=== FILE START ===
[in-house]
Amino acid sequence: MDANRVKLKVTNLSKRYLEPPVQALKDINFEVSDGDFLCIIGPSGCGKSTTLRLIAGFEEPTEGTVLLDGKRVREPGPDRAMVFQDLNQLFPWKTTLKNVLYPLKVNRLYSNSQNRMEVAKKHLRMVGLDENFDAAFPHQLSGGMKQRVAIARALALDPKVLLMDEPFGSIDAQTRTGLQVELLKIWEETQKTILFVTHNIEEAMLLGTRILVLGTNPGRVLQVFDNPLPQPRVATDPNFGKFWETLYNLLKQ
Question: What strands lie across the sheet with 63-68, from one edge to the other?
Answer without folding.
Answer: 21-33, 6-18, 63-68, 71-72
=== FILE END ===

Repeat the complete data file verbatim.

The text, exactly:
[in-house]
Amino acid sequence: MDANRVKLKVTNLSKRYLEPPVQALKDINFEVSDGDFLCIIGPSGCGKSTTLRLIAGFEEPTEGTVLLDGKRVREPGPDRAMVFQDLNQLFPWKTTLKNVLYPLKVNRLYSNSQNRMEVAKKHLRMVGLDENFDAAFPHQLSGGMKQRVAIARALALDPKVLLMDEPFGSIDAQTRTGLQVELLKIWEETQKTILFVTHNIEEAMLLGTRILVLGTNPGRVLQVFDNPLPQPRVATDPNFGKFWETLYNLLKQ
Question: What strands lie across the sheet with 63-68, from one edge to the other?
Answer without folding.
Answer: 21-33, 6-18, 63-68, 71-72